S. Parida, Vaccination against foot-and-mouth disease virus: Strategies and effectiveness,, Expert Review of Vaccines, 8 (2009), 347. doi: 10.1586/14760584.8.3.347. Google Scholar

[17]

D. Posny and J. Wang, Modelling cholera in periodic environments,, Journal of Biological Dynamics, 8 (2014), 1. doi: 10.1080/17513758.2014.896482. Google Scholar

[18]

D. Posny and J. Wang, Computing basic reproductive numbers for epidemiological models in nonhomogeneous environments,, Applied Mathematics and Computation, 242 (2014), 473. doi: 10.1016/j.amc.2014.05.079. Google Scholar

[19]

N. Ringa and C. T. Bauch, Impacts of constrained culling and vaccination on control of foot and mouth disease in near-endemic settings: A pair approximation model,, Epidemics, 9 (2014), 18. doi: 10.1016/j.epidem.2014.09.008. Google Scholar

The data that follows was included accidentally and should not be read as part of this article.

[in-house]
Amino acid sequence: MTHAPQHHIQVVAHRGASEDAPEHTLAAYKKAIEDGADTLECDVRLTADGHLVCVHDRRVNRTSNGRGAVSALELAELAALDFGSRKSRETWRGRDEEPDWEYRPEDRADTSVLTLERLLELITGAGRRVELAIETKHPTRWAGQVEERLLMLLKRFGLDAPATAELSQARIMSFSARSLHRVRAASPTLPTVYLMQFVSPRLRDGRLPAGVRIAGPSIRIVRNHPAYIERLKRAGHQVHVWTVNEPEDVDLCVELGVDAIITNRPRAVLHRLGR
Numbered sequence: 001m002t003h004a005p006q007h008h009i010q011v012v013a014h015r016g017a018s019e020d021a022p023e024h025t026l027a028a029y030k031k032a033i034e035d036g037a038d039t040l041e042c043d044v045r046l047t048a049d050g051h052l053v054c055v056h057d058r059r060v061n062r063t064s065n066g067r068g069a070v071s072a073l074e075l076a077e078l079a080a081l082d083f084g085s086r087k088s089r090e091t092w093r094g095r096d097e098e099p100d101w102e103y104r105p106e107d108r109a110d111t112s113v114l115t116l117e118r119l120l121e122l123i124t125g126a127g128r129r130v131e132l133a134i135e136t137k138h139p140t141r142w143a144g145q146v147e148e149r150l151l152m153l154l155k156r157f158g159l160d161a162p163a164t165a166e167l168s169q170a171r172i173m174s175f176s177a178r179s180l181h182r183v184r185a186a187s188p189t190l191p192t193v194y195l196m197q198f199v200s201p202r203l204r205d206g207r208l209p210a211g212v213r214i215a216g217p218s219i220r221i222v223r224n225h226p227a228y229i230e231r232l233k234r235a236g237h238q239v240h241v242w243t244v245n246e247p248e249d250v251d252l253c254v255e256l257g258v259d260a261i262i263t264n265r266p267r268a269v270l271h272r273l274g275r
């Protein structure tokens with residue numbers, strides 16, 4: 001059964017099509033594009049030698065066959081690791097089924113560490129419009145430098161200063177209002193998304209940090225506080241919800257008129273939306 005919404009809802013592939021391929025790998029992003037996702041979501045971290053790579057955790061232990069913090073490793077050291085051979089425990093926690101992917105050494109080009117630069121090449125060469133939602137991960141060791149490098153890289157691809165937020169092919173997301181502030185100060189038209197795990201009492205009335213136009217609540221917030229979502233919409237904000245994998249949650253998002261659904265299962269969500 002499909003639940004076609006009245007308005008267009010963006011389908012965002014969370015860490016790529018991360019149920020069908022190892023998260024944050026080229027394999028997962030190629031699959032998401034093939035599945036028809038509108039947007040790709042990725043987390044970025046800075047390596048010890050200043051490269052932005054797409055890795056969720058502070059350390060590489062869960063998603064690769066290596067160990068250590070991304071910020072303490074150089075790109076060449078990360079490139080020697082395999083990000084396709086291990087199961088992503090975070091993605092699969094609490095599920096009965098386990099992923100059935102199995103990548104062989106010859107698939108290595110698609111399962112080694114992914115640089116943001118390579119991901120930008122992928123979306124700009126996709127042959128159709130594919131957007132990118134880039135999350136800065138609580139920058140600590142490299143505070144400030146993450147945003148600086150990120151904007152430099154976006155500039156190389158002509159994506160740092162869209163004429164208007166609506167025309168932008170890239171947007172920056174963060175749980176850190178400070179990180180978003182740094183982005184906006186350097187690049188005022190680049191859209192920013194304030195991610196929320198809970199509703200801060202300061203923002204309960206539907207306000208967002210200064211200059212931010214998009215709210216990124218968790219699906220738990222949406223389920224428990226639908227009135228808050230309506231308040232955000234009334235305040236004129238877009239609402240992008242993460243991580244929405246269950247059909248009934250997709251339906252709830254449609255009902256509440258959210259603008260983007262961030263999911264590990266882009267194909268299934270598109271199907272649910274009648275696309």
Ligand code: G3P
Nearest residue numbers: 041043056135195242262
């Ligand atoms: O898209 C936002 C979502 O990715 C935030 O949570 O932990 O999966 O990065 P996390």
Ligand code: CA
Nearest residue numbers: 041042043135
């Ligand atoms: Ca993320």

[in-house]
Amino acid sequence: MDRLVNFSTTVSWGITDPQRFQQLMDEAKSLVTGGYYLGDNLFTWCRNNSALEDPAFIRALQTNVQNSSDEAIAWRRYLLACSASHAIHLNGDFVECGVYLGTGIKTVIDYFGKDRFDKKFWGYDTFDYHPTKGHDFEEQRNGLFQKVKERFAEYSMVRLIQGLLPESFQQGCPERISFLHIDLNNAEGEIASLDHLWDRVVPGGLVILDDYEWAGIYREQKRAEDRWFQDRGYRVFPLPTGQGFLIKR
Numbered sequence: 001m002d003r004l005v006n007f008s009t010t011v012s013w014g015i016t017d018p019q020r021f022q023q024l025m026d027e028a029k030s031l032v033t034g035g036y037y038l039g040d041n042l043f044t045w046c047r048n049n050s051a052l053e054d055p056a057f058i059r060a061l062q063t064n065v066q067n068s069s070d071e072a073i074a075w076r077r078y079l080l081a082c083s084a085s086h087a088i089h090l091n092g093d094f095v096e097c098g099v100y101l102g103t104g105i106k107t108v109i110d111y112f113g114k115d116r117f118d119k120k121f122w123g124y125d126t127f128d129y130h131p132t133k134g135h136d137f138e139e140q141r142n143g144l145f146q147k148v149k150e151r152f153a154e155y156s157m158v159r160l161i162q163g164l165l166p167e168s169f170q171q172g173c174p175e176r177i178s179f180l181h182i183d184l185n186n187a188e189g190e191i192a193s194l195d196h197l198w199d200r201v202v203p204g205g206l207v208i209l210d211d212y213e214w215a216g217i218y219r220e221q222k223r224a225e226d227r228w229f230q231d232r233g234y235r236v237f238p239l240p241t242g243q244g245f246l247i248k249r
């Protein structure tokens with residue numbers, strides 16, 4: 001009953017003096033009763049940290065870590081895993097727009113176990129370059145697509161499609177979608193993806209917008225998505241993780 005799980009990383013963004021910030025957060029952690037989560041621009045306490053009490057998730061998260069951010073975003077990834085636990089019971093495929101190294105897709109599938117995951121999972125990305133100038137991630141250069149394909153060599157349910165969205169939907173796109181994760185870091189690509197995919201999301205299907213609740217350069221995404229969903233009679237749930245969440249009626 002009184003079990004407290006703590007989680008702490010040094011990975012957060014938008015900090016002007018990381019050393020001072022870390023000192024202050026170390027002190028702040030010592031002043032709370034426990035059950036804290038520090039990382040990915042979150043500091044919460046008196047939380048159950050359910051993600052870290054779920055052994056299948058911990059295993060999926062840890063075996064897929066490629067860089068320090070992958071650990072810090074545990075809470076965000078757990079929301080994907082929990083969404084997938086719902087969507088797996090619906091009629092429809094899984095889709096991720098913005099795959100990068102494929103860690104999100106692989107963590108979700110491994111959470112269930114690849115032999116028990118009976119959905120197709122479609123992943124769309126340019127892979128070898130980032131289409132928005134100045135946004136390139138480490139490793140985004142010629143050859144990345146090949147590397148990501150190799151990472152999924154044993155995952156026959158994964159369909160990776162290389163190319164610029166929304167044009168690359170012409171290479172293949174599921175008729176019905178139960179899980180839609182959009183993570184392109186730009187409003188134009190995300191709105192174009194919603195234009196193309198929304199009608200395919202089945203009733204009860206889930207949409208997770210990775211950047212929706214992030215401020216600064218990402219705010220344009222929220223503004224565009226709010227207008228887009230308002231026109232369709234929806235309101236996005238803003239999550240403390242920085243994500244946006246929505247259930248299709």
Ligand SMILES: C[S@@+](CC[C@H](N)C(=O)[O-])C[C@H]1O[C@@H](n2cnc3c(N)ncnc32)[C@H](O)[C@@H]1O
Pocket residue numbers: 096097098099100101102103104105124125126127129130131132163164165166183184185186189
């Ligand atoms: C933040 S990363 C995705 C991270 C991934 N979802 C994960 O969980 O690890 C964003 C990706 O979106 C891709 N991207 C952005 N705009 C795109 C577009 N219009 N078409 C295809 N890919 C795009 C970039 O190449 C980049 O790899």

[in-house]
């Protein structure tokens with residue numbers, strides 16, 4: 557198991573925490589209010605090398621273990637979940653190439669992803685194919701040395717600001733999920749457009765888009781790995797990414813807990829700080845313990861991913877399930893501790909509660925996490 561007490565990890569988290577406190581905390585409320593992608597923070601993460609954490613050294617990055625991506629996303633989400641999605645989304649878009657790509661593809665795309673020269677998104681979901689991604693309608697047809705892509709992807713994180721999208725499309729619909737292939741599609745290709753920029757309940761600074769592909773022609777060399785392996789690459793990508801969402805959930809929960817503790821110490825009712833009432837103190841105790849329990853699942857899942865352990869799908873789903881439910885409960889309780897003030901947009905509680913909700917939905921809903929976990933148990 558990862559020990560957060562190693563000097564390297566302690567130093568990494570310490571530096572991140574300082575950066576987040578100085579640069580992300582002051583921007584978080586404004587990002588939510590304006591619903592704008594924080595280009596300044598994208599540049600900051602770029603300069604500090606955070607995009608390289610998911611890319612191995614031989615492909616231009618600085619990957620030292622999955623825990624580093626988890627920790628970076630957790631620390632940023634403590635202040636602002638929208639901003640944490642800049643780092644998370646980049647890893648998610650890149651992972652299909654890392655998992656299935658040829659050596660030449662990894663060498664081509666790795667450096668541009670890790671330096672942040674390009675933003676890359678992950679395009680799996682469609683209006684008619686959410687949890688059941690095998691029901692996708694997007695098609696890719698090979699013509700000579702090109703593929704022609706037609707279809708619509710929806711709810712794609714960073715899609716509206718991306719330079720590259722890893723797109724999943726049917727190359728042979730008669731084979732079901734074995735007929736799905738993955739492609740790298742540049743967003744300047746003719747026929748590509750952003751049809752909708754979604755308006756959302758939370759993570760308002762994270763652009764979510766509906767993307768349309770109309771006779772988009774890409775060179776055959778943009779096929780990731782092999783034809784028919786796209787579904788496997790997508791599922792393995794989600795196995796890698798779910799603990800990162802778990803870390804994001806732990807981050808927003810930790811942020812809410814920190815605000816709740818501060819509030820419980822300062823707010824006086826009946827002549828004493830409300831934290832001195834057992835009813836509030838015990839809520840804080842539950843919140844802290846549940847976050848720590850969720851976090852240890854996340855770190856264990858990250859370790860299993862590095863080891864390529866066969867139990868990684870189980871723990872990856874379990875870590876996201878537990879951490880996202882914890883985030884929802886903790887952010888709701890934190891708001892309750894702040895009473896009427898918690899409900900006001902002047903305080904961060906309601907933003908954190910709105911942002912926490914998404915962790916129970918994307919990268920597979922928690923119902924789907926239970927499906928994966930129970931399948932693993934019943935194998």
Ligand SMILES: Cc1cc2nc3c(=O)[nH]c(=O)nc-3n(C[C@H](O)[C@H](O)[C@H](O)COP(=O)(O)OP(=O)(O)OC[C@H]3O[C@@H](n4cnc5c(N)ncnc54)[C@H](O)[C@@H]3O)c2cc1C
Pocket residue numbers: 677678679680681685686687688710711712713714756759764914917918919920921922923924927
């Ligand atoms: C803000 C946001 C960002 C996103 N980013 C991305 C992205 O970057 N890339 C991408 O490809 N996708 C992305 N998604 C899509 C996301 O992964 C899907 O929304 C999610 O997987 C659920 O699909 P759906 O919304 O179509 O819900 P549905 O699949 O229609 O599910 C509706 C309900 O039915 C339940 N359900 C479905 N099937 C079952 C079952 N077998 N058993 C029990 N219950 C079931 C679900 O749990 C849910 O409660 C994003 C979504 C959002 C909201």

[20]

Y. Sinkala, M. Simuunza, J. B. Muma, D. U. Pfeiffer, C. J. Kasanga and A. Mweene, Foot and mouth disease in Zambia: Spatial and temporal distributions of outbreaks, assessment of clusters and implications for control,, Onderstepoort Journal of Veterinary Research, 81 (2014). doi: 10.4102/ojvr.v81i2.741. Google Scholar

[21]

P. Van den Driessche and J. Watmough, Reproduction numbers and sub-threshold endemic equilibria for compartmental models of disease transmission,, Mathematical Biosciences, 180 (2002), 29. doi: 10.1016/S0025-5564(02)00108-6. Google Scholar

[22]

W. Wang and X. Zhao, Threshold dynamics for compartmental epidemic models in periodic environments,, Journal of Dynamics and Differential Equations, 20 (2008), 699. doi: 10.1007/s10884-008-9111-8. Google Scholar

[23]

X.-Q. Zhao, Dynamical Systems in Population Biology,, Springer-Verlag, (2003). doi: 10.1007/978-0-387-21761-1. Google Scholar